It is easy to add a larger gas tank with an outdoor grill because it simply requires a hose attachment. Gas grills are generally powered by either propane (LP) or natural gas (NG), but both types of grills can support larger gas tanks. Cost is also a factor to keep in mind, however, as propane costs much more than natural gas.
It is important to use the converter hose properly--it is not meant to connect a natural gas tank to a propane grill. As long as the hose is connected securely and the free-standing gas tank is stable, there should be no problem using the grill with a larger tank.
Step 1 - Find the Right Converter Hose
There are many different sizes of converter hose available, depending upon what kind of grill you are using. The manufacturer of your grill may offer a converter hose or there may be a generic kind that works with your gas grill. A good place to check is at a home repair store. This hose will fit into the tiny bottle spot on the grill, where a gas tank would normally plug in, to the top of a free-standing gas tank.
Step 2 - Connect to the Gas Tank
Take your pliers and disconnect your old gas tank. Put the old gas tank aside, making sure not to allow any gas to spill. Attach the converter hose to the grill where the old gas tank previously screwed on. Attach the other end of the hose to the larger gas tank. Make sure both ends are secure.
Step 3 - Use Your Grill
If your larger gas tank is securely connected to the converter hose and the converter hose is securely connected to the grill, you should be all set. Turn on your grill and get ready for some barbecue.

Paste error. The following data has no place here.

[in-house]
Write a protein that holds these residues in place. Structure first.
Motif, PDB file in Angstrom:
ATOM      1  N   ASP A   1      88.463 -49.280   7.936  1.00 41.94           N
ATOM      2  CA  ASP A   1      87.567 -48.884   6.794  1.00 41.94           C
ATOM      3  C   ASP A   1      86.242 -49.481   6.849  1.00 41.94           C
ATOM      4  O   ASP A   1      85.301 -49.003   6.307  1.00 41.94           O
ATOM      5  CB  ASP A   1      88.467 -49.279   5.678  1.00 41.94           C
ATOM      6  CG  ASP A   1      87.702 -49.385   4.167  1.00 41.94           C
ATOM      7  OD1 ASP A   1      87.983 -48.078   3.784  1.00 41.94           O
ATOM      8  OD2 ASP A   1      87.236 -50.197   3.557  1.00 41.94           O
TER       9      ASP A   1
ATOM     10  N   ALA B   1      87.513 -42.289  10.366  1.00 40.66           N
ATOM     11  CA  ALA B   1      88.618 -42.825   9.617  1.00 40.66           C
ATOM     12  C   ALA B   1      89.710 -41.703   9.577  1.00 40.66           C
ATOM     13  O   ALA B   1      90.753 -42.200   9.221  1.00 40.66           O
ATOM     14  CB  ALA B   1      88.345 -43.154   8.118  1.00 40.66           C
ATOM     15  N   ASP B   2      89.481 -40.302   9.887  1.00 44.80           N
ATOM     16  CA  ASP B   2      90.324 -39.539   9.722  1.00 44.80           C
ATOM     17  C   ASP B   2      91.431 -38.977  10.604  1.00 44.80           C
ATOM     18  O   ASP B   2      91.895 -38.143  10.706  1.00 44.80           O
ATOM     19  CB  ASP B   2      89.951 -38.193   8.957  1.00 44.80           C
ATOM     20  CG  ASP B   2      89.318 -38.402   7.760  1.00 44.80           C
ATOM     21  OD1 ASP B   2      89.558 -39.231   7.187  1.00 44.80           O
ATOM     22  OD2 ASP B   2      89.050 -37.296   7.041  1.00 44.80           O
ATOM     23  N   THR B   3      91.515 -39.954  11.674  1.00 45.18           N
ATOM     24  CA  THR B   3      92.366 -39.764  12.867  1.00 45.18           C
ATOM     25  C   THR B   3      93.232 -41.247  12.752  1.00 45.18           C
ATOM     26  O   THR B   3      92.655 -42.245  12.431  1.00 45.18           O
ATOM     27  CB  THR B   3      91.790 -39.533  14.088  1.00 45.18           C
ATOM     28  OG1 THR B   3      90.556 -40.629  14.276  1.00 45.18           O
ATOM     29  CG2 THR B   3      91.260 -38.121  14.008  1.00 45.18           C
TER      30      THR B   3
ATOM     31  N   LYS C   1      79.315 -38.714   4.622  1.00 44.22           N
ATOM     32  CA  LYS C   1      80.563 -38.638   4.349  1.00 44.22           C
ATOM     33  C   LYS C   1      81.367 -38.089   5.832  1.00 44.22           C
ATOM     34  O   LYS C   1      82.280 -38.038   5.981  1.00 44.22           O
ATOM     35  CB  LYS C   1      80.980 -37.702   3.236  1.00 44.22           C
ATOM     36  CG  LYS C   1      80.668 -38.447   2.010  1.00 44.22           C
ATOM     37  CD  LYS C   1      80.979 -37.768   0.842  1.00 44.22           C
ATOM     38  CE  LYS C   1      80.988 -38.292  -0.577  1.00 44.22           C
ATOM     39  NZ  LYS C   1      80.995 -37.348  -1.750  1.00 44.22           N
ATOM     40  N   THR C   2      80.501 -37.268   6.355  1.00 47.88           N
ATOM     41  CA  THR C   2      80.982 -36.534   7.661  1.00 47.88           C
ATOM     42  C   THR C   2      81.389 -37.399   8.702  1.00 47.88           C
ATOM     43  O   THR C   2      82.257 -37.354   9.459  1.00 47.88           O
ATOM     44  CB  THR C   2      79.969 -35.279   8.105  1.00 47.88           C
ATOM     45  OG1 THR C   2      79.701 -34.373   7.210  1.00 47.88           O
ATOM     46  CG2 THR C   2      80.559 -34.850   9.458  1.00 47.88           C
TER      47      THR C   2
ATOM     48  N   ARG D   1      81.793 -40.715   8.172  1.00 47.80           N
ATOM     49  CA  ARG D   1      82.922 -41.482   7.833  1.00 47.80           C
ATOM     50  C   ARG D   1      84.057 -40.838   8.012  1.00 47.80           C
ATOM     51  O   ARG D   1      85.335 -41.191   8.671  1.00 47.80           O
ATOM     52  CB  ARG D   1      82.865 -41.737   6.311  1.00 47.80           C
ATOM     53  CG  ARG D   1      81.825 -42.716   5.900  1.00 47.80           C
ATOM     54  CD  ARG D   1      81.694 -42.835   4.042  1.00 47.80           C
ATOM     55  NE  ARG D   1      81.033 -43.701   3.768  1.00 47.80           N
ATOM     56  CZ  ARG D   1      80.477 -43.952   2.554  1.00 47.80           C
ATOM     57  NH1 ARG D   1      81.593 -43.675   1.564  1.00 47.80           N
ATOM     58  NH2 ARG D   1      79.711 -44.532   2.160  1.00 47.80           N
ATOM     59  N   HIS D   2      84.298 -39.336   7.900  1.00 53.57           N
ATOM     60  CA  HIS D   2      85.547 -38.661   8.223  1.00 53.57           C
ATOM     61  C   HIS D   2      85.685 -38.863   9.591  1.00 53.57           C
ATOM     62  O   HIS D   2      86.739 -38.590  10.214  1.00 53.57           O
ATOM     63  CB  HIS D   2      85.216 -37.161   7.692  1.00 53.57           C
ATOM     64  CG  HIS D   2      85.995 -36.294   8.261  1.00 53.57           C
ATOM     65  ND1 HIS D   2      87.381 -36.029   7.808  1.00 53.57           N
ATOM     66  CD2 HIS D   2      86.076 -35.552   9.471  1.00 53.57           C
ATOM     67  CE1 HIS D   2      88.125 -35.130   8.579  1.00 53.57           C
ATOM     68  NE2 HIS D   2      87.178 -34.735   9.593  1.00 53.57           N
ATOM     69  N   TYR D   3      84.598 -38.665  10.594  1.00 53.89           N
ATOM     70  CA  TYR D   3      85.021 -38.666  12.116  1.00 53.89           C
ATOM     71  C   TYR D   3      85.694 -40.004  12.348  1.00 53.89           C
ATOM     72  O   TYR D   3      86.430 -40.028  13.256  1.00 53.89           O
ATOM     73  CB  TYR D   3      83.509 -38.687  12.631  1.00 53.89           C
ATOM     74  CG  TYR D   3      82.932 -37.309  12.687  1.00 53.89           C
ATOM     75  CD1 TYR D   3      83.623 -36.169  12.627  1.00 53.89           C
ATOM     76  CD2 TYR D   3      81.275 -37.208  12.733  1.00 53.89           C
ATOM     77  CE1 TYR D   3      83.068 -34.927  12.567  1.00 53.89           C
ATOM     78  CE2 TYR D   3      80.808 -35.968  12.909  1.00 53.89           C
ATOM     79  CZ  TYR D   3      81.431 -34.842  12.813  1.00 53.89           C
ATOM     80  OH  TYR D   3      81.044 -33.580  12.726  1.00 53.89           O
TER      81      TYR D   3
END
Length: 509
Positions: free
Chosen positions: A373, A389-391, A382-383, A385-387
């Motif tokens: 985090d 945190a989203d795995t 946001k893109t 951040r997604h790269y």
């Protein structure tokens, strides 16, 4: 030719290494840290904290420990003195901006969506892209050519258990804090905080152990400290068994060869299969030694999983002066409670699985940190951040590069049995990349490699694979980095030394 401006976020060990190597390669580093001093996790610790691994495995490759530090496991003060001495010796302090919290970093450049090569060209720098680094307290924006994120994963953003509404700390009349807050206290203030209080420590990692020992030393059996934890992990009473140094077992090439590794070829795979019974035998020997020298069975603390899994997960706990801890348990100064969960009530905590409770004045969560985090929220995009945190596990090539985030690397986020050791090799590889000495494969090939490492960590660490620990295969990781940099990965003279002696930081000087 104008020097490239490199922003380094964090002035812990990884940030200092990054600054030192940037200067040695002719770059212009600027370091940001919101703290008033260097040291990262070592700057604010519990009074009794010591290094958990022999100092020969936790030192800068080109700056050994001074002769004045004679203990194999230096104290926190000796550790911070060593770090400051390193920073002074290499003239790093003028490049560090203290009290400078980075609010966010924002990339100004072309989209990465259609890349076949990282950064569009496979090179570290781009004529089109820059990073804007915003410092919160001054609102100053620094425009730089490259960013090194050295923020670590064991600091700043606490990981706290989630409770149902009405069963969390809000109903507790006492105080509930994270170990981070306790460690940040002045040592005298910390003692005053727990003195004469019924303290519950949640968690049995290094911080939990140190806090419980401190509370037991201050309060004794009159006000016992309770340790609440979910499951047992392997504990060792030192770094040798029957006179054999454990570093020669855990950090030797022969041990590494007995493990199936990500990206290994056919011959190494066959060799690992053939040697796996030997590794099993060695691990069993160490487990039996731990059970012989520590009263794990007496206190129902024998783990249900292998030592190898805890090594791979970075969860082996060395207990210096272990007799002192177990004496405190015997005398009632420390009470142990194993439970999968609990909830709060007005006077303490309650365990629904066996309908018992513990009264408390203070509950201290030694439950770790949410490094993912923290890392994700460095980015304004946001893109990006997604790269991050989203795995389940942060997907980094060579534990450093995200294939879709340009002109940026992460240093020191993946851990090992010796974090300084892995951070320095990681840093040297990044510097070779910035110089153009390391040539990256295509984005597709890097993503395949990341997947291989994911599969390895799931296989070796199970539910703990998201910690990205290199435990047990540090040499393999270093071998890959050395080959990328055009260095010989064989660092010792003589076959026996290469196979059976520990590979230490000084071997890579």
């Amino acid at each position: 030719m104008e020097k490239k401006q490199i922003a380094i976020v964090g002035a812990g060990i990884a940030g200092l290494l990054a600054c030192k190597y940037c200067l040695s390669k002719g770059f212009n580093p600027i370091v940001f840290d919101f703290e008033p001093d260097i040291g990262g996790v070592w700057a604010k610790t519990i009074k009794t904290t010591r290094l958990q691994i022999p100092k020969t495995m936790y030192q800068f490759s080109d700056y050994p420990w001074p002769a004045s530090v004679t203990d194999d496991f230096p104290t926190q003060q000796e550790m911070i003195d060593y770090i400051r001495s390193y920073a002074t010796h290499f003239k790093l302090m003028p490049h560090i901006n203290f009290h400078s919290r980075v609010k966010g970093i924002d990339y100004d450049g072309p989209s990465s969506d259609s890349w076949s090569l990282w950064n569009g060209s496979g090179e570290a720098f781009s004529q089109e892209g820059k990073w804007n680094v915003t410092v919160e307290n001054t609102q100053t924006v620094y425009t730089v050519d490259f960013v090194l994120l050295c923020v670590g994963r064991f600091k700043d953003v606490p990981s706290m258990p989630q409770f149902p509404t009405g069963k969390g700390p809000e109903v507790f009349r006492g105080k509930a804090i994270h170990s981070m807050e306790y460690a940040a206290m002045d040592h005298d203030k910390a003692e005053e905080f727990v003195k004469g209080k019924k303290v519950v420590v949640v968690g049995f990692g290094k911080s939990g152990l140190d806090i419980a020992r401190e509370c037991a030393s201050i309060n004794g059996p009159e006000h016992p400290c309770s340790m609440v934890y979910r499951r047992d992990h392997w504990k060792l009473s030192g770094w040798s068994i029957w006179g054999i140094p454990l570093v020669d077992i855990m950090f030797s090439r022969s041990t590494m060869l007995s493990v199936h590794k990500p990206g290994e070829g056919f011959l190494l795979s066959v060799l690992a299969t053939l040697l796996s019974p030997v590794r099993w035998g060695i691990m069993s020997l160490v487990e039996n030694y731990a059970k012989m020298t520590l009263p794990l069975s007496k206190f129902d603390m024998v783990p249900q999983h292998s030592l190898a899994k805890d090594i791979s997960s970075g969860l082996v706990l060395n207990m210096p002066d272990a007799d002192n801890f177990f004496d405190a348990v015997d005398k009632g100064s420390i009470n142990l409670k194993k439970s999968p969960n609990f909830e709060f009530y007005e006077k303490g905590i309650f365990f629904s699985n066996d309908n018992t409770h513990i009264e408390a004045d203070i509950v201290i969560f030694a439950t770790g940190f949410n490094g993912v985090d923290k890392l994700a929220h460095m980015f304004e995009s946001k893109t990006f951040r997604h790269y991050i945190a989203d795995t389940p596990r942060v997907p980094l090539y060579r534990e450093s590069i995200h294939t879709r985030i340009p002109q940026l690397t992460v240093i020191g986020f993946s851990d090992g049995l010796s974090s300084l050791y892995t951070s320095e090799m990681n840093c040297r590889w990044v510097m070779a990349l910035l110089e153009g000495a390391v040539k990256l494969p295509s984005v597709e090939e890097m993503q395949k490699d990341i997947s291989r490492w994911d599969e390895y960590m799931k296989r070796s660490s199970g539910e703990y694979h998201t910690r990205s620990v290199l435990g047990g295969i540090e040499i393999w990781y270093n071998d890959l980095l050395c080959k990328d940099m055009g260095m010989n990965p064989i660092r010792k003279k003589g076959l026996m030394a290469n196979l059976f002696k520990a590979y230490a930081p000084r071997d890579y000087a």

Natural Gas vs. Propane Costs
An additional item to consider is what kind of gas your grill uses. A propane gas grill costs almost seven times more to operate than a natural gas grill. A refill tank for a standard-sized propane tank costs about $18. This is about $4.19 per therm. Natural gas prices change depending on time, but the same amount of natural gas costs about $2.58 for the same amount, or $0.60 per therm. That is a savings of $15.42.
Correctly Using a Converter Hose
It is not possible to simply connect a natural gas tank to a propane-fueled grill. If you attempt to use a converter hose to connect a natural gas tank to a propane-fueled grill you will most likely ruin your grill and may even cause a fire or explosion. However, the amount of propane in a gas tank, when connected to a propane-fueled grill, will not affect your grill if used with a converter hose.
By using a larger gas tank with an outdoor grill your grill will work for longer without needing to refill your gas tank. This will save you a headache later, especially if you are attempting to use a very small grill that normally connects to a small gas tank. The larger gas tank will ensure many meals are cooked on your grill before a need to refill, instead of just a couple of meals.